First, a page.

Well, the first requirements we are going to cover is following. The form submit button is blocked with property disabled until the first input. So start the test spec:

specs/form.spec.js

const bs = require( "../shared/BrowserSession" ),
      { png } = require( "../shared/helpers" ),
      { BASE_URL, SEL_FORM, SEL_SUBMIT, SEL_EMAIL, SEL_FNAME, SEL_VATID,
        SEL_DAY, SEL_MONTH, SEL_FORM_ERROR,
        ASYNC_TRANSITION_TIMEOUT, NETWORK_TIMEOUT } = require( "../shared/constants" );

jest.setTimeout( NETWORK_TIMEOUT );

describe( "Boostrap Form Demo", () => {

  beforeEach(async () => {
    await bs.setup();
  });

  afterEach(async () => {
    await bs.teardown();
  });

  describe( "Form", () => {

    beforeEach(async () => {
      // set viewport width
      await bs.page.setViewport({ width: 1280, height: 1024 });
      await bs.page.goto( BASE_URL, { waitUntil: "networkidle2" } );
    });

    describe( "Submit button", () => {
      it( "is disabled before any input", async () => {
        // Obtain handlers for form and submit button elements
        const form = await bs.page.$( SEL_FORM ),
              submitBtn = await form.$( SEL_SUBMIT );
        // Make screenshot of the submit button
        await submitBtn.screenshot( png( `form-submit-before-input` ) );
        // Obtain property disable value from submit button element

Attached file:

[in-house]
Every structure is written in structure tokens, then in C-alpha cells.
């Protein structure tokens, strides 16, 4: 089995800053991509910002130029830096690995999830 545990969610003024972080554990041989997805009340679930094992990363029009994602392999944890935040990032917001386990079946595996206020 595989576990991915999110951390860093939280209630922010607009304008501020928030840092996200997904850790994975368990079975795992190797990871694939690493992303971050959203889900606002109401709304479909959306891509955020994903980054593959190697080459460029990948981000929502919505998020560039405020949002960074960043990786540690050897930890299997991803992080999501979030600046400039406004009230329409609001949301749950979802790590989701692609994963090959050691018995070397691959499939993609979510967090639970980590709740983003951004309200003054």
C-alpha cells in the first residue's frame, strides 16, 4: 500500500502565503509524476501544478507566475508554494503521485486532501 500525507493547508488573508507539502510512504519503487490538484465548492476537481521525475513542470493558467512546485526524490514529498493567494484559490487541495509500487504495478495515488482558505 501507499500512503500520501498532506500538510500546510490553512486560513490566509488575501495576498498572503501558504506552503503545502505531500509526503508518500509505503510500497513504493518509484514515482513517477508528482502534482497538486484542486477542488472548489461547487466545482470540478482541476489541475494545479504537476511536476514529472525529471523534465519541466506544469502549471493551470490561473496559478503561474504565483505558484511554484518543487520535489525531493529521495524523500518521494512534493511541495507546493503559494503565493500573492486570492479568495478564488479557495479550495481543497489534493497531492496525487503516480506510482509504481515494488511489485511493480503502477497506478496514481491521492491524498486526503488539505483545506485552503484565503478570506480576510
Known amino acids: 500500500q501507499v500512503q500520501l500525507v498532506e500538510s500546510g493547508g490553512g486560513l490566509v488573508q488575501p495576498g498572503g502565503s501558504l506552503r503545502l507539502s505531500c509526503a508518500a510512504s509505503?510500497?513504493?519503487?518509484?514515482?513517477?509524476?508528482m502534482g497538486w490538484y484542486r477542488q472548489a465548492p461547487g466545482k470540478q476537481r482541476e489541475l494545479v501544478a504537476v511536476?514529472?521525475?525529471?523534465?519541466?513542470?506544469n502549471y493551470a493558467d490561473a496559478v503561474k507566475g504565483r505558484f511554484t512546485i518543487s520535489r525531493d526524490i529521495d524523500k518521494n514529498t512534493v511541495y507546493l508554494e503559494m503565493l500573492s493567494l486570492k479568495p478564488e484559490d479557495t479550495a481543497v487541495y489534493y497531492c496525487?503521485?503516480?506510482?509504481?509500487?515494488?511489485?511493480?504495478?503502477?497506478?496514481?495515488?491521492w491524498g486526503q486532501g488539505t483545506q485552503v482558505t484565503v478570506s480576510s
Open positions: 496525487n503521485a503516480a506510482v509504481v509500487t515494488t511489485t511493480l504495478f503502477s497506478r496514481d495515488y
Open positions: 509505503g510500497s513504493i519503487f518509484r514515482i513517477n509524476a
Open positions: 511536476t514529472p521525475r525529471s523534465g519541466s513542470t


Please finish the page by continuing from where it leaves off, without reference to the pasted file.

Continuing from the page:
const isDisabled = await form.$eval( `${SEL_SUBMIT}`, el => el.disabled );
        // Make assertion
        expect( isDisabled ).toBeTruthy();
      });
    });
  });
});

What it does? We using $ method of page object to get handlers for form and submit button elements, pretty much like we find elements in DOM by using document.querySelector:

const form = await bs.page.$( SEL_FORM ),
      submitBtn = await form.$( SEL_SUBMIT );

Talking of screenshot, we are not that interested in the entire page, but need to see how submit button look. In disabled state according to Bootstrap styles it's slightly lighter. So we screenshot the button:

await submitBtn.screenshot( png( `form-submit-before-input` ) );

Next we need the actual value of disabled property on the button element. I prefer to do it with the only line of code and that is achievable with $eval method. by some reason the method on element handler still requires selector, so I reckon I cannot call directly on submitBtn, but shall do it on upper container e.g. form. the second parameter is callback, which receives DOM element. We return the desired property value and it gets assigned to isDisabled. Now we just assert the property is truthy.

Alternatively we could obtain the property value like:

const handle = await submitBtn.getProperty( "disabled" );

const isDisabled = await handle.jsonValue();

When testing form opposite condition we obtain the handler for email input and type in a text:

const email = await form.$( SEL_EMAIL );
await email.type( `anything` );